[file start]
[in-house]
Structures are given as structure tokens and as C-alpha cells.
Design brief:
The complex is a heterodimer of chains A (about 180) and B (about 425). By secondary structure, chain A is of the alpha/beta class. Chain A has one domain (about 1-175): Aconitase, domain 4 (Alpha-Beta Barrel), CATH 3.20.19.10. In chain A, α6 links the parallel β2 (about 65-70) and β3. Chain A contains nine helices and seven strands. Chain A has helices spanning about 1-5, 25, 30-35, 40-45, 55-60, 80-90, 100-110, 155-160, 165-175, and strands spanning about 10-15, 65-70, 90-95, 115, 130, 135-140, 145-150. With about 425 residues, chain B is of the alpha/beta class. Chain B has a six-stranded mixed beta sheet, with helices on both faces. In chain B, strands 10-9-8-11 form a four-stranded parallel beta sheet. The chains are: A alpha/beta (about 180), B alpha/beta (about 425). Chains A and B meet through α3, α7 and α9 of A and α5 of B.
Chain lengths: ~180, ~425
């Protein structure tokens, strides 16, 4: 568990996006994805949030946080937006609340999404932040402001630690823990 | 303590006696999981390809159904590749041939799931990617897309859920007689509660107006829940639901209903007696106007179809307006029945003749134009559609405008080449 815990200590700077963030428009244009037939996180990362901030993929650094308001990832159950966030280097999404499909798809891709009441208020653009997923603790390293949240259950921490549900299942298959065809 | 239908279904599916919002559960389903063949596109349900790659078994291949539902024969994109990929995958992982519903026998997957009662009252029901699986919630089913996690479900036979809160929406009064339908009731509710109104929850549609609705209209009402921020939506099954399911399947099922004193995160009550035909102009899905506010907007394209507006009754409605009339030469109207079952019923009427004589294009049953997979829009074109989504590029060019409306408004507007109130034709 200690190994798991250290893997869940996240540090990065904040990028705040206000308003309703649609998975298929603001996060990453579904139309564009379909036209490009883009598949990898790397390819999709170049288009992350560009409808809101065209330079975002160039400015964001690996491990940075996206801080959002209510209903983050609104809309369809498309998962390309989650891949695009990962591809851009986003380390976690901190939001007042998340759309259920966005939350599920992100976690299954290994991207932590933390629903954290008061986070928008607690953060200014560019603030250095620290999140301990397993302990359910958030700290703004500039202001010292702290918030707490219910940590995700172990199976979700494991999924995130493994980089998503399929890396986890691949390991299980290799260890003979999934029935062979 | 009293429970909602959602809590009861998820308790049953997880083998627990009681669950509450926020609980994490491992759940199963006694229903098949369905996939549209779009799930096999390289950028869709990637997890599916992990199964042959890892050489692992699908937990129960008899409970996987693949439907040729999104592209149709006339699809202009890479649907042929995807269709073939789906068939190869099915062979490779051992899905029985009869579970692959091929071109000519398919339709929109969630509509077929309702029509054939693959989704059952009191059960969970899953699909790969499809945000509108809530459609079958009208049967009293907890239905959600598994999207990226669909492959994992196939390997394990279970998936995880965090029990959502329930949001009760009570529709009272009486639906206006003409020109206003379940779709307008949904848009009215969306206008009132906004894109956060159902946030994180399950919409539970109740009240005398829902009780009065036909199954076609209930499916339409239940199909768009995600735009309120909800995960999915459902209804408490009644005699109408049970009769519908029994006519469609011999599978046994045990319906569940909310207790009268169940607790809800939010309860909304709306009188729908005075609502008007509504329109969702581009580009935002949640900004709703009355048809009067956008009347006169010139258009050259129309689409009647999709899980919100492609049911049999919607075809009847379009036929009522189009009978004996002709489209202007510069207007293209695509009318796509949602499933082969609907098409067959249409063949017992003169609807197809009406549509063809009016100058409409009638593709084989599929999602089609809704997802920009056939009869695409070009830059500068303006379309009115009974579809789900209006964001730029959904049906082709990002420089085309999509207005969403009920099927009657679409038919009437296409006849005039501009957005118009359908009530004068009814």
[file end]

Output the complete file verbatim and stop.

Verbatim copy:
[in-house]
Structures are given as structure tokens and as C-alpha cells.
Design brief:
The complex is a heterodimer of chains A (about 180) and B (about 425). By secondary structure, chain A is of the alpha/beta class. Chain A has one domain (about 1-175): Aconitase, domain 4 (Alpha-Beta Barrel), CATH 3.20.19.10. In chain A, α6 links the parallel β2 (about 65-70) and β3. Chain A contains nine helices and seven strands. Chain A has helices spanning about 1-5, 25, 30-35, 40-45, 55-60, 80-90, 100-110, 155-160, 165-175, and strands spanning about 10-15, 65-70, 90-95, 115, 130, 135-140, 145-150. With about 425 residues, chain B is of the alpha/beta class. Chain B has a six-stranded mixed beta sheet, with helices on both faces. In chain B, strands 10-9-8-11 form a four-stranded parallel beta sheet. The chains are: A alpha/beta (about 180), B alpha/beta (about 425). Chains A and B meet through α3, α7 and α9 of A and α5 of B.
Chain lengths: ~180, ~425
């Protein structure tokens, strides 16, 4: 568990996006994805949030946080937006609340999404932040402001630690823990 | 303590006696999981390809159904590749041939799931990617897309859920007689509660107006829940639901209903007696106007179809307006029945003749134009559609405008080449 815990200590700077963030428009244009037939996180990362901030993929650094308001990832159950966030280097999404499909798809891709009441208020653009997923603790390293949240259950921490549900299942298959065809 | 239908279904599916919002559960389903063949596109349900790659078994291949539902024969994109990929995958992982519903026998997957009662009252029901699986919630089913996690479900036979809160929406009064339908009731509710109104929850549609609705209209009402921020939506099954399911399947099922004193995160009550035909102009899905506010907007394209507006009754409605009339030469109207079952019923009427004589294009049953997979829009074109989504590029060019409306408004507007109130034709 200690190994798991250290893997869940996240540090990065904040990028705040206000308003309703649609998975298929603001996060990453579904139309564009379909036209490009883009598949990898790397390819999709170049288009992350560009409808809101065209330079975002160039400015964001690996491990940075996206801080959002209510209903983050609104809309369809498309998962390309989650891949695009990962591809851009986003380390976690901190939001007042998340759309259920966005939350599920992100976690299954290994991207932590933390629903954290008061986070928008607690953060200014560019603030250095620290999140301990397993302990359910958030700290703004500039202001010292702290918030707490219910940590995700172990199976979700494991999924995130493994980089998503399929890396986890691949390991299980290799260890003979999934029935062979 | 009293429970909602959602809590009861998820308790049953997880083998627990009681669950509450926020609980994490491992759940199963006694229903098949369905996939549209779009799930096999390289950028869709990637997890599916992990199964042959890892050489692992699908937990129960008899409970996987693949439907040729999104592209149709006339699809202009890479649907042929995807269709073939789906068939190869099915062979490779051992899905029985009869579970692959091929071109000519398919339709929109969630509509077929309702029509054939693959989704059952009191059960969970899953699909790969499809945000509108809530459609079958009208049967009293907890239905959600598994999207990226669909492959994992196939390997394990279970998936995880965090029990959502329930949001009760009570529709009272009486639906206006003409020109206003379940779709307008949904848009009215969306206008009132906004894109956060159902946030994180399950919409539970109740009240005398829902009780009065036909199954076609209930499916339409239940199909768009995600735009309120909800995960999915459902209804408490009644005699109408049970009769519908029994006519469609011999599978046994045990319906569940909310207790009268169940607790809800939010309860909304709306009188729908005075609502008007509504329109969702581009580009935002949640900004709703009355048809009067956008009347006169010139258009050259129309689409009647999709899980919100492609049911049999919607075809009847379009036929009522189009009978004996002709489209202007510069207007293209695509009318796509949602499933082969609907098409067959249409063949017992003169609807197809009406549509063809009016100058409409009638593709084989599929999602089609809704997802920009056939009869695409070009830059500068303006379309009115009974579809789900209006964001730029959904049906082709990002420089085309999509207005969403009920099927009657679409038919009437296409006849005039501009957005118009359908009530004068009814």